There is blood on our hands again

(From the song 'Blood on our Hands' by Death From Above 1979).

What I'm clumsily trying to say is that here's a blog what I made whilst I should've been doing something better and that if you're reading it then you should be doing something better too. Also, the fact that you and I have the time and resources to respectively make and read this gumpf is why the World is so screwed.

24 June 2005

International system of minimum wages.

If poverty in the developing world is to be effectively tackled then an international minimum wage is a necessity.

It is the right of any company or organisation to move labour to any country it desires and to do so within marketplace conditions. Also, that the developing countries that these companies move to often have little marketable resources other than cheap labour and to rob them of this resource would make their situation worse not better.

However, it is often the case that the host countries will impose severe restrictions on it's people's civil liberties in order to benefit from the new source of revenue. The governments in these countries are quite often corrupt and inefficient who do not consult it's people on such decisions as in more developed and liberal countries. Anti-union activities, poor working conditions, long working hours, terrible job security and starvation wages are all problems.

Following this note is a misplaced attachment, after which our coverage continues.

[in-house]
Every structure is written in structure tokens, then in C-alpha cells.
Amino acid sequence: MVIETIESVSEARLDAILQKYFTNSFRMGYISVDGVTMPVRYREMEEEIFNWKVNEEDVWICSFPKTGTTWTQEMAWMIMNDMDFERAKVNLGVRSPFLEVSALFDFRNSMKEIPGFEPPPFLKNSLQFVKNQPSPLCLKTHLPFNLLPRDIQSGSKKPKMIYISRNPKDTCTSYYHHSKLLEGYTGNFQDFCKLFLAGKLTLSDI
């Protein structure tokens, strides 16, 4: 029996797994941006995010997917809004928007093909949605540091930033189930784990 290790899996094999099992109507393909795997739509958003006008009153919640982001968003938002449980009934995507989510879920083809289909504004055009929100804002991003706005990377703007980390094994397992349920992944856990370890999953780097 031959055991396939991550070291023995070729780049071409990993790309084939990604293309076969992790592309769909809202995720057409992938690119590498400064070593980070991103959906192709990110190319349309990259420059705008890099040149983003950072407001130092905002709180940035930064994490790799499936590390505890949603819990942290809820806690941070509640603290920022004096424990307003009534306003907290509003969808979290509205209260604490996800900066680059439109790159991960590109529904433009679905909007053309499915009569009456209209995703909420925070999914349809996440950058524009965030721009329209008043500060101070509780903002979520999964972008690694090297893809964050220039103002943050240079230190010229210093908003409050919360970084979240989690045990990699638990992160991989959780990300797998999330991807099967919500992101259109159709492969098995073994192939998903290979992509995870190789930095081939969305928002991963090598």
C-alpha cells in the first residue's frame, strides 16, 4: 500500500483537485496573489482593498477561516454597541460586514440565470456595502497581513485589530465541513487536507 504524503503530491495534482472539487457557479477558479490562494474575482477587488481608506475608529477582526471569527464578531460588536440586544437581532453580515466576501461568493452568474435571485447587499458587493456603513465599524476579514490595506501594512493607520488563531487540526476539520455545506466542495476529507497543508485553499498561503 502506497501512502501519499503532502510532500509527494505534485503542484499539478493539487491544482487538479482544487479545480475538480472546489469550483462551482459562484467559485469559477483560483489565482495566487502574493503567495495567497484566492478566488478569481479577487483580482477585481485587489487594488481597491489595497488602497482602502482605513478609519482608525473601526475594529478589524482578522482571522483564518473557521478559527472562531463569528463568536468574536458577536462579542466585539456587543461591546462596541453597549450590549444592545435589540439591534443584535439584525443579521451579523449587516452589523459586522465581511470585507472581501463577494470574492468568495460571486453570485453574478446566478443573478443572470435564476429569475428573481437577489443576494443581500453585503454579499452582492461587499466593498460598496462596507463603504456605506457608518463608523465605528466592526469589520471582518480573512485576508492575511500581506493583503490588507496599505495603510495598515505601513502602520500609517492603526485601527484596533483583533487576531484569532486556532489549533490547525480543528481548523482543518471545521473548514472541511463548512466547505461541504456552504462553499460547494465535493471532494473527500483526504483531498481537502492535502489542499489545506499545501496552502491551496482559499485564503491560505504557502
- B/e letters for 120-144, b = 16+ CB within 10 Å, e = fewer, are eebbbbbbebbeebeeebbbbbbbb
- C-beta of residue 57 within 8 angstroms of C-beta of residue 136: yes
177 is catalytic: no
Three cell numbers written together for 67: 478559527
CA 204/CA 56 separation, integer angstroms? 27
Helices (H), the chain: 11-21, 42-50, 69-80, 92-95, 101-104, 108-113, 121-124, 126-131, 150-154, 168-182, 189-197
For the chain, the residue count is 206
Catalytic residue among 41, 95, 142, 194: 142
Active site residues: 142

The out-sourcing of labour to poorer countries also leaves unemployment at higher levels in those developed countries that pay decent living wages. The organisations that can afford to move production or other services to another country (often over great distance) can also afford to pay slightly better wages to it’s workers. These wages will still be cheaper than those paid to workers in the developed world and so the benefits of moving will still be apparent.

If a system of minimum wages based on an individual country's basic cost of living could be enacted then the cost would be minimised and the developing countries would still have their advantage of cheaper labour. These levels could be determined by a new organisation within the United Nations that would monitor changes in the global marketplace and the cost of living within individual countries.

This would help make the global labour marketplace more free and fair by denying individual countries the ability to unduly interfere by purposely making labour conditions worse to attract new business. It may also lessen the overall amount of aid that is needed by the people of the developing world.

[It might never happen in the real world but at least I can suggest it here and for my country in Nation States]


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